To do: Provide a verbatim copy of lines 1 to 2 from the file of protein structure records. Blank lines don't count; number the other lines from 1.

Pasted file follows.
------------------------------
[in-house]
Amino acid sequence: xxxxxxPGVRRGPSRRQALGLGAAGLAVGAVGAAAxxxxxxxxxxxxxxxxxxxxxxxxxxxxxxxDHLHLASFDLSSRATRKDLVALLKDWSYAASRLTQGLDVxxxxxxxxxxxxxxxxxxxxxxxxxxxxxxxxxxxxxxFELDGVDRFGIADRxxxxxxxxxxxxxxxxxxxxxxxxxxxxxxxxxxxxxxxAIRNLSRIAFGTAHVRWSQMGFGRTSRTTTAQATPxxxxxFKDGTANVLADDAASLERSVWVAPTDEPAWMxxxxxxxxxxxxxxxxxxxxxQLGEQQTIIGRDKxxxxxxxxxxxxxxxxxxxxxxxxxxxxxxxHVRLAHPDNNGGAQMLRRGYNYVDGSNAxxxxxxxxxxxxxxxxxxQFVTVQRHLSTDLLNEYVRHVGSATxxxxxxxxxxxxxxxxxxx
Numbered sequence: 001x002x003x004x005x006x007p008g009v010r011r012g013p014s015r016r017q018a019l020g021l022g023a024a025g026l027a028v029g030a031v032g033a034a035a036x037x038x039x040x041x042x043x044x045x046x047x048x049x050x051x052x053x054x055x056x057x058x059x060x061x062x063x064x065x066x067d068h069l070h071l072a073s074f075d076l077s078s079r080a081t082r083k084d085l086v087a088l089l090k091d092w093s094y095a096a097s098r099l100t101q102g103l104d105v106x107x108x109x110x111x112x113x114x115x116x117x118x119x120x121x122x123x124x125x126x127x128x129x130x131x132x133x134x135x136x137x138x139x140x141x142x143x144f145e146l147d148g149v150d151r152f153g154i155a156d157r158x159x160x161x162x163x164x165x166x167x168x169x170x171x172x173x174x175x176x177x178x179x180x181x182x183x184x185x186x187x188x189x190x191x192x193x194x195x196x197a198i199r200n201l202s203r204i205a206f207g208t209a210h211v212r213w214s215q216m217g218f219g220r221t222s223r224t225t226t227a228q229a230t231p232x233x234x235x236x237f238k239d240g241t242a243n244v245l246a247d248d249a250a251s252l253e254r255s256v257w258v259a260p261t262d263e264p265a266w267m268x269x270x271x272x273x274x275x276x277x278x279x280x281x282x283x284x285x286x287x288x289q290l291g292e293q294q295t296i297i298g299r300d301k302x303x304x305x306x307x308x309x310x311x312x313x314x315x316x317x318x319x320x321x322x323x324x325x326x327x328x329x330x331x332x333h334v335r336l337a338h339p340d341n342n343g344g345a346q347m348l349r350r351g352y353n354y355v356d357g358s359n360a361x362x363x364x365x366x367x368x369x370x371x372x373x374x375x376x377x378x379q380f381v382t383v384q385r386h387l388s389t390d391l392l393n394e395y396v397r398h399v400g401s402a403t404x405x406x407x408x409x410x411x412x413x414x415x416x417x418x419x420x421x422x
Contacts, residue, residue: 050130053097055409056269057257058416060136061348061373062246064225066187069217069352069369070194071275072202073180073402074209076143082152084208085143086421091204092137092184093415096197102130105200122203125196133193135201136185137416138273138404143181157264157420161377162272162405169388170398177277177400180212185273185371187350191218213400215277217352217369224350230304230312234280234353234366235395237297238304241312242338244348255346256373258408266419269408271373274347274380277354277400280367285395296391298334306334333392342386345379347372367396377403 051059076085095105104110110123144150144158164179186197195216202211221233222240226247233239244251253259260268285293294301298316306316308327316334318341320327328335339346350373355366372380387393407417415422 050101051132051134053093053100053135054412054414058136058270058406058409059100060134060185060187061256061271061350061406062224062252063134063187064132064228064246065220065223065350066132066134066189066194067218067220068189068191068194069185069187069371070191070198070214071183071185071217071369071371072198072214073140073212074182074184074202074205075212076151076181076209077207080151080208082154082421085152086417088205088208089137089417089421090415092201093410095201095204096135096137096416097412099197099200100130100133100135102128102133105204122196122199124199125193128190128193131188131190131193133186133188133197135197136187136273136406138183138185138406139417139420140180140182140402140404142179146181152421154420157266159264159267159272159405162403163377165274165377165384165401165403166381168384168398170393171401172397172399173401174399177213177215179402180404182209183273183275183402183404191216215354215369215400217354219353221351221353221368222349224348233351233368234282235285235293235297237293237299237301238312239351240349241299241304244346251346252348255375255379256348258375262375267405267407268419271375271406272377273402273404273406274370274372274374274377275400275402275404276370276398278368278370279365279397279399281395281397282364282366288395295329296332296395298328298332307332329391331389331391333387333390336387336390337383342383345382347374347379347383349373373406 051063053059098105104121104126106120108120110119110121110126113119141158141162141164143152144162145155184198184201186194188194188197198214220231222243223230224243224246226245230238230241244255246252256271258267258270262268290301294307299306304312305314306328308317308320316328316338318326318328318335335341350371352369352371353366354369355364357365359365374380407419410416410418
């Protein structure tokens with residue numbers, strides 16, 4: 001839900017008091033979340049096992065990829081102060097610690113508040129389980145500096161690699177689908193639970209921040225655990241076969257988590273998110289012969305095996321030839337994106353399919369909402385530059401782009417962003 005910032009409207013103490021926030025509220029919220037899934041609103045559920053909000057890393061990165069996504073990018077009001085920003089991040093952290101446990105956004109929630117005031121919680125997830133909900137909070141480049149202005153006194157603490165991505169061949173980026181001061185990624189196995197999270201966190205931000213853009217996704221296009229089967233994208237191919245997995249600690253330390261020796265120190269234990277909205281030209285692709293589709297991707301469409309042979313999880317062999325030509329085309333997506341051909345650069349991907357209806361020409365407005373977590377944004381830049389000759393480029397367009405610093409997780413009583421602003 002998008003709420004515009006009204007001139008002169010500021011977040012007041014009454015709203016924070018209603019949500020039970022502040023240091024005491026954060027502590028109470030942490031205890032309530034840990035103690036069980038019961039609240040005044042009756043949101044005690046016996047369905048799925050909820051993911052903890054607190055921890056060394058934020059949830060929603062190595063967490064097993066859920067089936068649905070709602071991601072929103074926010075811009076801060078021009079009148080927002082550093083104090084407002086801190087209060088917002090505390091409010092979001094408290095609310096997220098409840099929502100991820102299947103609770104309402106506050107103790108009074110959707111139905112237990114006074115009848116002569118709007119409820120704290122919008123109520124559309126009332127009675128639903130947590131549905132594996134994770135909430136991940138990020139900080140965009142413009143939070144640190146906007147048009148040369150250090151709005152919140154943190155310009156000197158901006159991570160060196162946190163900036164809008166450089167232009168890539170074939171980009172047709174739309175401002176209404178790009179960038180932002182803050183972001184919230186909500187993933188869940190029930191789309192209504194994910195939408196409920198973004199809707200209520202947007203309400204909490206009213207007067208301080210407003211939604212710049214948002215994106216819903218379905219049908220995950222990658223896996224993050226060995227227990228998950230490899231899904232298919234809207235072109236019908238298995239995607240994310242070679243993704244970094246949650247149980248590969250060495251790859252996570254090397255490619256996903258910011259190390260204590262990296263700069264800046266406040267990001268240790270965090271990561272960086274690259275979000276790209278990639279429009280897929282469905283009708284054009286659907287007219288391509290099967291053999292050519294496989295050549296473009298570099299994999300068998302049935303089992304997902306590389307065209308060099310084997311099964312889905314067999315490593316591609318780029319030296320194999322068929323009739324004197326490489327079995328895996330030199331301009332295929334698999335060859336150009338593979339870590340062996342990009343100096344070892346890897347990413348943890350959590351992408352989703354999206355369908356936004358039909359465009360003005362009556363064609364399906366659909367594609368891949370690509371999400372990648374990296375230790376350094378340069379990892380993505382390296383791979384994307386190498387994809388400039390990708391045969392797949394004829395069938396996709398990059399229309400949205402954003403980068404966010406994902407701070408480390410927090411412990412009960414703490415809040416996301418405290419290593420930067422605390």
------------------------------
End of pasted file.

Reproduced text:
[in-house]
Amino acid sequence: xxxxxxPGVRRGPSRRQALGLGAAGLAVGAVGAAAxxxxxxxxxxxxxxxxxxxxxxxxxxxxxxxDHLHLASFDLSSRATRKDLVALLKDWSYAASRLTQGLDVxxxxxxxxxxxxxxxxxxxxxxxxxxxxxxxxxxxxxxFELDGVDRFGIADRxxxxxxxxxxxxxxxxxxxxxxxxxxxxxxxxxxxxxxxAIRNLSRIAFGTAHVRWSQMGFGRTSRTTTAQATPxxxxxFKDGTANVLADDAASLERSVWVAPTDEPAWMxxxxxxxxxxxxxxxxxxxxxQLGEQQTIIGRDKxxxxxxxxxxxxxxxxxxxxxxxxxxxxxxxHVRLAHPDNNGGAQMLRRGYNYVDGSNAxxxxxxxxxxxxxxxxxxQFVTVQRHLSTDLLNEYVRHVGSATxxxxxxxxxxxxxxxxxxx